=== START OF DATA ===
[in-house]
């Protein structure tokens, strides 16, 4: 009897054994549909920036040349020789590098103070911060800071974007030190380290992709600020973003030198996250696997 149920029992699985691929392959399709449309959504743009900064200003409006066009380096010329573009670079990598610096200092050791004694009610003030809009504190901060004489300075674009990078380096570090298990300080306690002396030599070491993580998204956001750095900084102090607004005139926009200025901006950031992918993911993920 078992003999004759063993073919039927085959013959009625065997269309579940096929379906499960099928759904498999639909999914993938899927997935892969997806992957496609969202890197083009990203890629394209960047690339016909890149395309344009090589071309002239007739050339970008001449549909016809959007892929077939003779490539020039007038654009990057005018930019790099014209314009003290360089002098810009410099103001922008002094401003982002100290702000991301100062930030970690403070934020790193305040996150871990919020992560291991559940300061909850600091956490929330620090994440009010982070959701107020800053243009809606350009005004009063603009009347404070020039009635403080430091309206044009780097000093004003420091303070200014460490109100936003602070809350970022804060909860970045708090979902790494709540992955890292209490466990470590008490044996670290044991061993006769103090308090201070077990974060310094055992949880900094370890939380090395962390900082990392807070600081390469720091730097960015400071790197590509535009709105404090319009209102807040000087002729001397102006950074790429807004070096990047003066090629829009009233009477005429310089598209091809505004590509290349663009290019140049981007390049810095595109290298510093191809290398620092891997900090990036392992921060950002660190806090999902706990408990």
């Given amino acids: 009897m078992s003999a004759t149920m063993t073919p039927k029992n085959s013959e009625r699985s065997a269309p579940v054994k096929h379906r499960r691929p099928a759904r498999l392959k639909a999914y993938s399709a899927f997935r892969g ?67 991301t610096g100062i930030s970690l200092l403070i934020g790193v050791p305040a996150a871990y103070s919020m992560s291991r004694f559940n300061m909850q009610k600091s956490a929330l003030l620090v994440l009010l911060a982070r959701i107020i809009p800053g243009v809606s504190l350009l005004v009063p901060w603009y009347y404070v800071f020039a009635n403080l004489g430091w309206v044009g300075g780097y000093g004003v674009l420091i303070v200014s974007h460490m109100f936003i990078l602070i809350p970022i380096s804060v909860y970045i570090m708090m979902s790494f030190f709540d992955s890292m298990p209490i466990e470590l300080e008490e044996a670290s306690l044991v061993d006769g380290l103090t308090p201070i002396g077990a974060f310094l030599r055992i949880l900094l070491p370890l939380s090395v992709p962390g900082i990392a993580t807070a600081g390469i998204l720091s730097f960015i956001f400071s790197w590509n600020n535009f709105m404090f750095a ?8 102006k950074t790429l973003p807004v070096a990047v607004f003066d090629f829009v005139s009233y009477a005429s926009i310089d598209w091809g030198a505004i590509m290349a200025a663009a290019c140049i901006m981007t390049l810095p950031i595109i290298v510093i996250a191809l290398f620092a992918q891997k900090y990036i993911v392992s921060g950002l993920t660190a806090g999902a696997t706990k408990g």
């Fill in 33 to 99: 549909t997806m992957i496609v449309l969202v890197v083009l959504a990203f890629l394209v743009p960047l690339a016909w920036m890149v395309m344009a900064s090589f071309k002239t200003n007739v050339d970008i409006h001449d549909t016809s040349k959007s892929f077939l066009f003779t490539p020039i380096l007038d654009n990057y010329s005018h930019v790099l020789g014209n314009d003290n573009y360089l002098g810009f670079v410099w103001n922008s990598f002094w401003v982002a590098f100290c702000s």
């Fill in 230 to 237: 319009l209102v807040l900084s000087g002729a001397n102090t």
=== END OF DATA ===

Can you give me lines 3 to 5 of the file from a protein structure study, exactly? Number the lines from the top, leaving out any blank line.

């Given amino acids: 009897m078992s003999a004759t149920m063993t073919p039927k029992n085959s013959e009625r699985s065997a269309p579940v054994k096929h379906r499960r691929p099928a759904r498999l392959k639909a999914y993938s399709a899927f997935r892969g ?67 991301t610096g100062i930030s970690l200092l403070i934020g790193v050791p305040a996150a871990y103070s919020m992560s291991r004694f559940n300061m909850q009610k600091s956490a929330l003030l620090v994440l009010l911060a982070r959701i107020i809009p800053g243009v809606s504190l350009l005004v009063p901060w603009y009347y404070v800071f020039a009635n403080l004489g430091w309206v044009g300075g780097y000093g004003v674009l420091i303070v200014s974007h460490m109100f936003i990078l602070i809350p970022i380096s804060v909860y970045i570090m708090m979902s790494f030190f709540d992955s890292m298990p209490i466990e470590l300080e008490e044996a670290s306690l044991v061993d006769g380290l103090t308090p201070i002396g077990a974060f310094l030599r055992i949880l900094l070491p370890l939380s090395v992709p962390g900082i990392a993580t807070a600081g390469i998204l720091s730097f960015i956001f400071s790197w590509n600020n535009f709105m404090f750095a ?8 102006k950074t790429l973003p807004v070096a990047v607004f003066d090629f829009v005139s009233y009477a005429s926009i310089d598209w091809g030198a505004i590509m290349a200025a663009a290019c140049i901006m981007t390049l810095p950031i595109i290298v510093i996250a191809l290398f620092a992918q891997k900090y990036i993911v392992s921060g950002l993920t660190a806090g999902a696997t706990k408990g």
């Fill in 33 to 99: 549909t997806m992957i496609v449309l969202v890197v083009l959504a990203f890629l394209v743009p960047l690339a016909w920036m890149v395309m344009a900064s090589f071309k002239t200003n007739v050339d970008i409006h001449d549909t016809s040349k959007s892929f077939l066009f003779t490539p020039i380096l007038d654009n990057y010329s005018h930019v790099l020789g014209n314009d003290n573009y360089l002098g810009f670079v410099w103001n922008s990598f002094w401003v982002a590098f100290c702000s």
């Fill in 230 to 237: 319009l209102v807040l900084s000087g002729a001397n102090t």